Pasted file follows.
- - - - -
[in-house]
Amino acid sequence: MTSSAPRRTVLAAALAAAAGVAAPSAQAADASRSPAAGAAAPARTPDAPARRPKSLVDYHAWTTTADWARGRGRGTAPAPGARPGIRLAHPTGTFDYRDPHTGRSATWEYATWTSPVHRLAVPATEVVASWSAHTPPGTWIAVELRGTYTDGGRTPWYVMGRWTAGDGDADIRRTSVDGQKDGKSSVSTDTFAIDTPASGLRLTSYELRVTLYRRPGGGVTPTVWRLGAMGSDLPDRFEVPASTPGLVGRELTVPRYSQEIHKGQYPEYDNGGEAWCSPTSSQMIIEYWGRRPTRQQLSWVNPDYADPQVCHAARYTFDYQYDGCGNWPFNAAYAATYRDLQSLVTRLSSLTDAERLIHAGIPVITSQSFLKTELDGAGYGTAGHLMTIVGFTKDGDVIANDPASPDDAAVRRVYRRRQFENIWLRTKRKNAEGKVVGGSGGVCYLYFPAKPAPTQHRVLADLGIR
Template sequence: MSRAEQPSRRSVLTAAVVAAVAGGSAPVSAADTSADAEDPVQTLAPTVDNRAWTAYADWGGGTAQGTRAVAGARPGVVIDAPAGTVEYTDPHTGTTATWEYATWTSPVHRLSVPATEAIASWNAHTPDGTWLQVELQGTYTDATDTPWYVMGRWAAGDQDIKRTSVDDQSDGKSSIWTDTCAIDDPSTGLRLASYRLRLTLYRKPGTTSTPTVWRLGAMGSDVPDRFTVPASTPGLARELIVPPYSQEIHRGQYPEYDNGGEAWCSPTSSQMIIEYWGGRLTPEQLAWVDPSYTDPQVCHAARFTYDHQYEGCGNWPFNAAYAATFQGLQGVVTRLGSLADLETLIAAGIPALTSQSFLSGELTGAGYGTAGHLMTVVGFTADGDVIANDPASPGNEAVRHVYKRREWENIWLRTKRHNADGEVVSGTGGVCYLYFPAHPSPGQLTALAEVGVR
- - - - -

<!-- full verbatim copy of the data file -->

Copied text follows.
[in-house]
Amino acid sequence: MTSSAPRRTVLAAALAAAAGVAAPSAQAADASRSPAAGAAAPARTPDAPARRPKSLVDYHAWTTTADWARGRGRGTAPAPGARPGIRLAHPTGTFDYRDPHTGRSATWEYATWTSPVHRLAVPATEVVASWSAHTPPGTWIAVELRGTYTDGGRTPWYVMGRWTAGDGDADIRRTSVDGQKDGKSSVSTDTFAIDTPASGLRLTSYELRVTLYRRPGGGVTPTVWRLGAMGSDLPDRFEVPASTPGLVGRELTVPRYSQEIHKGQYPEYDNGGEAWCSPTSSQMIIEYWGRRPTRQQLSWVNPDYADPQVCHAARYTFDYQYDGCGNWPFNAAYAATYRDLQSLVTRLSSLTDAERLIHAGIPVITSQSFLKTELDGAGYGTAGHLMTIVGFTKDGDVIANDPASPDDAAVRRVYRRRQFENIWLRTKRKNAEGKVVGGSGGVCYLYFPAKPAPTQHRVLADLGIR
Template sequence: MSRAEQPSRRSVLTAAVVAAVAGGSAPVSAADTSADAEDPVQTLAPTVDNRAWTAYADWGGGTAQGTRAVAGARPGVVIDAPAGTVEYTDPHTGTTATWEYATWTSPVHRLSVPATEAIASWNAHTPDGTWLQVELQGTYTDATDTPWYVMGRWAAGDQDIKRTSVDDQSDGKSSIWTDTCAIDDPSTGLRLASYRLRLTLYRKPGTTSTPTVWRLGAMGSDVPDRFTVPASTPGLARELIVPPYSQEIHRGQYPEYDNGGEAWCSPTSSQMIIEYWGGRLTPEQLAWVDPSYTDPQVCHAARFTYDHQYEGCGNWPFNAAYAATFQGLQGVVTRLGSLADLETLIAAGIPALTSQSFLSGELTGAGYGTAGHLMTVVGFTADGDVIANDPASPGNEAVRHVYKRREWENIWLRTKRHNADGEVVSGTGGVCYLYFPAHPSPGQLTALAEVGVR